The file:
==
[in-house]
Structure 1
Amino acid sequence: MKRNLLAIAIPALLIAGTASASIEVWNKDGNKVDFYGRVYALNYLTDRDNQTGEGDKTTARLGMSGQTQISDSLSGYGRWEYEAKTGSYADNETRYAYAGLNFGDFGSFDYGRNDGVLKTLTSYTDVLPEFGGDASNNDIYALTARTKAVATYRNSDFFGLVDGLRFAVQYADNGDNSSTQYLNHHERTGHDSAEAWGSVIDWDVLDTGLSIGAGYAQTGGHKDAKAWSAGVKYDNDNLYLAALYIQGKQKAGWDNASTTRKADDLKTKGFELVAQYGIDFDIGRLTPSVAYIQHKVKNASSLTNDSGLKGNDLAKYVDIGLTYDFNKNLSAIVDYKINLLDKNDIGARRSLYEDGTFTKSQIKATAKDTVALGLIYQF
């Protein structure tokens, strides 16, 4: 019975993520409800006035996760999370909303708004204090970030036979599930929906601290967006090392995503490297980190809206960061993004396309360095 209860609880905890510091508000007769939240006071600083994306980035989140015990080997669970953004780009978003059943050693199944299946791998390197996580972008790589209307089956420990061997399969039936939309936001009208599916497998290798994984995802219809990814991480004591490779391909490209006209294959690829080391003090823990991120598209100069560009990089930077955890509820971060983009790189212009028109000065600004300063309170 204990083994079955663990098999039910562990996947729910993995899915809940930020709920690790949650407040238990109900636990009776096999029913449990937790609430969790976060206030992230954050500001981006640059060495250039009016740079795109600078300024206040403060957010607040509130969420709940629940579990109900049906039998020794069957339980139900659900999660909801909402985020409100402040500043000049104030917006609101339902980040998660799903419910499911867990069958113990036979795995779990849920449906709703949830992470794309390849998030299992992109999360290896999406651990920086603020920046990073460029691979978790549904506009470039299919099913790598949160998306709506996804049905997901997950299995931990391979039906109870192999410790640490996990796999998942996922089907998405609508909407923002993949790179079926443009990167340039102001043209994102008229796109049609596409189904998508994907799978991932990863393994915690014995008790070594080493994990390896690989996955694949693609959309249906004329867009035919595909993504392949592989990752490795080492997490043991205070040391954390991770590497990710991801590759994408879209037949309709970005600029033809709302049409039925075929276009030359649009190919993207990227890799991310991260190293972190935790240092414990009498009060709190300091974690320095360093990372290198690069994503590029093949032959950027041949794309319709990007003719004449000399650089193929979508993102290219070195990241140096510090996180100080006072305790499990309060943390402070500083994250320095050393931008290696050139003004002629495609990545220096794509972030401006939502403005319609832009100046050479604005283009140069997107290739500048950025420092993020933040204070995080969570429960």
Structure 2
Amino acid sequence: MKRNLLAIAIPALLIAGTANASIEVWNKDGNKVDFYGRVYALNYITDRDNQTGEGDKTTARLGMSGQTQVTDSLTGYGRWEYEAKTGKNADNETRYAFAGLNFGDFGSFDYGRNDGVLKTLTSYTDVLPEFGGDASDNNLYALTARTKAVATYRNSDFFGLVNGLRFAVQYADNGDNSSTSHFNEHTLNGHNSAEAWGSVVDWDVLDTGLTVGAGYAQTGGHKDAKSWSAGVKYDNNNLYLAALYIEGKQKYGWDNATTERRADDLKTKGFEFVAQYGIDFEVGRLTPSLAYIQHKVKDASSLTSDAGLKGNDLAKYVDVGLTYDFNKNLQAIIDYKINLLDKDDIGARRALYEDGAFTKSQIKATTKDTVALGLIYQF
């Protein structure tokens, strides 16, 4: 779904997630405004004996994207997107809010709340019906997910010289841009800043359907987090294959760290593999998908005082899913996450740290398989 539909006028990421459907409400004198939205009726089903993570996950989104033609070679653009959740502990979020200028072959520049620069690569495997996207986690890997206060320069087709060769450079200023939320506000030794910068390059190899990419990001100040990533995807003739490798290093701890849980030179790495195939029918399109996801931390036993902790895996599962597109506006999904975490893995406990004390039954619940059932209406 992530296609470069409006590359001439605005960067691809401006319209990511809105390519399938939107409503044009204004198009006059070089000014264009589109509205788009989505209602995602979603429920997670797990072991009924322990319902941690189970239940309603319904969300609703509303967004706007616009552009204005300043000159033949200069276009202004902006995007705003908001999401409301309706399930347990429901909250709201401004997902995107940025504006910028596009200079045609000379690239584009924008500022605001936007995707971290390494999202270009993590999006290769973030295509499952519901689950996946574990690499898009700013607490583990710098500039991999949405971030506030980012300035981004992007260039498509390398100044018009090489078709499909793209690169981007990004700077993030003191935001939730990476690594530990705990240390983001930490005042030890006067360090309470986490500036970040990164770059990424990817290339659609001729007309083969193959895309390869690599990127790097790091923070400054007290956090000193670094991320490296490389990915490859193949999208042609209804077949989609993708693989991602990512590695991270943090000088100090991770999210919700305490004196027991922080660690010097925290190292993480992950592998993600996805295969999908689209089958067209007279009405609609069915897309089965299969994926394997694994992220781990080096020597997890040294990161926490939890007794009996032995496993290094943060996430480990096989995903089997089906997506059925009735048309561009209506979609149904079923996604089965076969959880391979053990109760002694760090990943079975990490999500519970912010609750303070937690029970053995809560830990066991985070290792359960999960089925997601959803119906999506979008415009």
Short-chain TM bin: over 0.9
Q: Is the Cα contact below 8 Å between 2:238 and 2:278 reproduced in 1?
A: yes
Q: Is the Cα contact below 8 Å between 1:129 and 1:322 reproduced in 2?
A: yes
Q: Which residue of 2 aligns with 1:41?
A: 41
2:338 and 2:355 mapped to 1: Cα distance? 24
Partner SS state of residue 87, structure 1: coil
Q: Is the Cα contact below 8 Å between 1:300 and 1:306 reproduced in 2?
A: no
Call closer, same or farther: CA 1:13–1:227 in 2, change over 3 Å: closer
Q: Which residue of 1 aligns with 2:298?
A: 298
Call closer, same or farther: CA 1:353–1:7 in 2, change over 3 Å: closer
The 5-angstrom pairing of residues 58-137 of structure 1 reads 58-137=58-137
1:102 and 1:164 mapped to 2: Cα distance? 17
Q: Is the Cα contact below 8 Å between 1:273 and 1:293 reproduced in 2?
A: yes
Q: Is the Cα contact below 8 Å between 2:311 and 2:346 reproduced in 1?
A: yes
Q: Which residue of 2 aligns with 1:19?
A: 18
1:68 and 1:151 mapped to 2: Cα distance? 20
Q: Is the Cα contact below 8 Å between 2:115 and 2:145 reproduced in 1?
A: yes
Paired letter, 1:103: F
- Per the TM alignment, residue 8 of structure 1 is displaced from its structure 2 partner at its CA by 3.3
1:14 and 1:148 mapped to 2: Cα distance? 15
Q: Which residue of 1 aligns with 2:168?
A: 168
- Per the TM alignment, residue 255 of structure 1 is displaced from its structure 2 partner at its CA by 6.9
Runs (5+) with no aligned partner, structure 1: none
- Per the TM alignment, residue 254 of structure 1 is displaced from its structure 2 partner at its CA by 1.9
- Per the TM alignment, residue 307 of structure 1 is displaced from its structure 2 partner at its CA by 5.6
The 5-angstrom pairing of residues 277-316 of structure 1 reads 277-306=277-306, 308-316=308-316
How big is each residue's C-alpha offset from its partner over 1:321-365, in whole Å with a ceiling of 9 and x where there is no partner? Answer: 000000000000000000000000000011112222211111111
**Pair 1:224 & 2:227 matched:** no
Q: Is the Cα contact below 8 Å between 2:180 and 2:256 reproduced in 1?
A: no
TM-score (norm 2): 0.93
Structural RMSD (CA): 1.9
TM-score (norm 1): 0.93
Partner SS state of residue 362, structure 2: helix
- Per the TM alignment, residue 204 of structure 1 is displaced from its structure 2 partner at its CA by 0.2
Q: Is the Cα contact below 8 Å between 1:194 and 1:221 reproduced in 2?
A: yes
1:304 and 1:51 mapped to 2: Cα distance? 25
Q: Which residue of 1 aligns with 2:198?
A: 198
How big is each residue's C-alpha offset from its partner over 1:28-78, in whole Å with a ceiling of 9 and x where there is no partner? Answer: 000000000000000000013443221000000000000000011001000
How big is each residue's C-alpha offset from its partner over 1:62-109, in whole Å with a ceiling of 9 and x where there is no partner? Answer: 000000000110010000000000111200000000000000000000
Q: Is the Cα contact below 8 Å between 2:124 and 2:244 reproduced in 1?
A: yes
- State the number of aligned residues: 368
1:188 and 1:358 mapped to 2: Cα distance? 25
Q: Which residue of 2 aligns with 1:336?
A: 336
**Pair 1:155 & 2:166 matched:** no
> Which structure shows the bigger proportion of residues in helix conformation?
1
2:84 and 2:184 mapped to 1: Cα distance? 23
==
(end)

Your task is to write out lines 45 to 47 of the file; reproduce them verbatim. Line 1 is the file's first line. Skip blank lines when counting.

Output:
**Pair 1:224 & 2:227 matched:** no
Q: Is the Cα contact below 8 Å between 2:180 and 2:256 reproduced in 1?
A: no